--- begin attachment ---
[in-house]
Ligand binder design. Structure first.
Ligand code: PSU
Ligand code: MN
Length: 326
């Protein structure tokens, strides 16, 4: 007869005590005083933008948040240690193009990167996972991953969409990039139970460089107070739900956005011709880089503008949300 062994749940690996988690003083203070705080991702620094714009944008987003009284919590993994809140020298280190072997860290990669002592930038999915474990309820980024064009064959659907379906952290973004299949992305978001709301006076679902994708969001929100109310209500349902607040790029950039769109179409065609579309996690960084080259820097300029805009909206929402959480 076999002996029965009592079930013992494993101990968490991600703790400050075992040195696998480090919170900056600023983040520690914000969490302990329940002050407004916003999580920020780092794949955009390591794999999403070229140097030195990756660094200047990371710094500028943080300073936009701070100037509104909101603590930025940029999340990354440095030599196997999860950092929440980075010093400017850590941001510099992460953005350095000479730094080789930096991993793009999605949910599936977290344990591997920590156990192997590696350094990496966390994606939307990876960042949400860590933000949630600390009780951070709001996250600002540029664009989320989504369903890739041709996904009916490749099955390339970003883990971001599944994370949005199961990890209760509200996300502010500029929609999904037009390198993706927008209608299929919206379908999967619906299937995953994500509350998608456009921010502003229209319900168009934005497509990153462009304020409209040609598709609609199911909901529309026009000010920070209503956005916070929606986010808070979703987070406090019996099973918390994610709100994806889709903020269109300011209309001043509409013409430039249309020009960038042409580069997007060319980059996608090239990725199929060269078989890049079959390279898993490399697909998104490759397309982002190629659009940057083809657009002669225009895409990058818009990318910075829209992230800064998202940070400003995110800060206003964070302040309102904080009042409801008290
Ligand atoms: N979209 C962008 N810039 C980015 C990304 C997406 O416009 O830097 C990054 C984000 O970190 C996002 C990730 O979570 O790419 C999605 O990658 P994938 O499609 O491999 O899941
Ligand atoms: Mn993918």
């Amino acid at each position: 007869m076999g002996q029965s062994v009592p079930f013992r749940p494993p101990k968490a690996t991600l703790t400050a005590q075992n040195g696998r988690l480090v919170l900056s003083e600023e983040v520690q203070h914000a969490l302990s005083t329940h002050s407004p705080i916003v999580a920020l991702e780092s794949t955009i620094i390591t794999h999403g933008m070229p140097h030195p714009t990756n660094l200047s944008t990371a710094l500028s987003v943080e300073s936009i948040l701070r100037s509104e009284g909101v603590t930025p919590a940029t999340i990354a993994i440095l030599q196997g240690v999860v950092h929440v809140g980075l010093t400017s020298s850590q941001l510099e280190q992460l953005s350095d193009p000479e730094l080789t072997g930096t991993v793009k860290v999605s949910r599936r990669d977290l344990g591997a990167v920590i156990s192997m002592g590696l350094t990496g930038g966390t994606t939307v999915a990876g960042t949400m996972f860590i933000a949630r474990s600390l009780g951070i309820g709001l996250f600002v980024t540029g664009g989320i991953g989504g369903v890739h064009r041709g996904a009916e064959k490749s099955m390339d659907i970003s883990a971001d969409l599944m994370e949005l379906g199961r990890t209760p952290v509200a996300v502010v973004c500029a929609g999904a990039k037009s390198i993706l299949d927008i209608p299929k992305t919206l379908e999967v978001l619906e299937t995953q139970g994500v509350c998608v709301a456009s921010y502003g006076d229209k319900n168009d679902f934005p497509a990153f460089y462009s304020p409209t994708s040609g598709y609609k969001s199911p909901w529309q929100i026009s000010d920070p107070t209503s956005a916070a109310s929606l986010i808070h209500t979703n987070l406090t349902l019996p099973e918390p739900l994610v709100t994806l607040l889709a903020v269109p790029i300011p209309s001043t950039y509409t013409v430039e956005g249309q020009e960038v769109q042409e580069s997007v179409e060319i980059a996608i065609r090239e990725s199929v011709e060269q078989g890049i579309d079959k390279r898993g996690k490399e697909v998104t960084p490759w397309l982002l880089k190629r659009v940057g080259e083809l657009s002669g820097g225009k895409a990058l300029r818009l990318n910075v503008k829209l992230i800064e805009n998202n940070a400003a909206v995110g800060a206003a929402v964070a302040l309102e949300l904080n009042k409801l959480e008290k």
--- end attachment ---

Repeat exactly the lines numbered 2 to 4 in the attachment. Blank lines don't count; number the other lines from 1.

Ligand binder design. Structure first.
Ligand code: PSU
Ligand code: MN